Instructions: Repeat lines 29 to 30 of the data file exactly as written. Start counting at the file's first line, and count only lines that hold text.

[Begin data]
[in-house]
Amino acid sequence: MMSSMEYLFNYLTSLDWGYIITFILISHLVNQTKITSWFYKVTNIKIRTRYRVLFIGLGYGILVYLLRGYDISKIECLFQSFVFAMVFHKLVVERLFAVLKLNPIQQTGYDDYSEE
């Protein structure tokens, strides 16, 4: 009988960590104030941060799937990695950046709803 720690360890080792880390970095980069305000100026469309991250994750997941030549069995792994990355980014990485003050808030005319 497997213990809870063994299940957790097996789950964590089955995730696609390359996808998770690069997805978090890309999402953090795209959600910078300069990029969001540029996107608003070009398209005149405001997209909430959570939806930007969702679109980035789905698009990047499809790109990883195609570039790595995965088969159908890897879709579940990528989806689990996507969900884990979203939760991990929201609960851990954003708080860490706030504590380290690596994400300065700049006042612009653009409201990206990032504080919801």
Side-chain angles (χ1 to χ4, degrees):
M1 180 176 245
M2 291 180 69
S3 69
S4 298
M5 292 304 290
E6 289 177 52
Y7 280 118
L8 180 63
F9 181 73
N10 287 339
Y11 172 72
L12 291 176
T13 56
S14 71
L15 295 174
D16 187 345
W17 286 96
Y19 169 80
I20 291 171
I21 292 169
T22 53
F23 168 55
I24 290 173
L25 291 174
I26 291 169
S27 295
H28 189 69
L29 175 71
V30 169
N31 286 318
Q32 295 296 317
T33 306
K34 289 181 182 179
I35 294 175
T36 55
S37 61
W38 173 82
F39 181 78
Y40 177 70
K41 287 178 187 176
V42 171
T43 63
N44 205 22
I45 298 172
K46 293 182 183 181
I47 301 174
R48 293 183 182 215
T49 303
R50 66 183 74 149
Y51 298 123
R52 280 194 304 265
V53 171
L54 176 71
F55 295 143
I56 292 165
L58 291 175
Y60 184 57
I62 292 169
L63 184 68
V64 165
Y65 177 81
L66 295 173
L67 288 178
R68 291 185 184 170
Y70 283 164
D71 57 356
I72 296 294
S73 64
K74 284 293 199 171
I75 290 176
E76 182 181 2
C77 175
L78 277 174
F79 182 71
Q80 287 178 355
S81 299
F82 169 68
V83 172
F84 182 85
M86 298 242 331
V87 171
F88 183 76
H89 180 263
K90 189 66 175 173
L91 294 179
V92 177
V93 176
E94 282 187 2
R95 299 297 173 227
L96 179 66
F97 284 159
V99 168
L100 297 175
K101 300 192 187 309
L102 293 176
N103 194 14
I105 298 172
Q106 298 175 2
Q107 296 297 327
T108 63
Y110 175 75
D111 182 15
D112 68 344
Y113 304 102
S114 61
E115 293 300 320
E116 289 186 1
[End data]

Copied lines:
I26 291 169
S27 295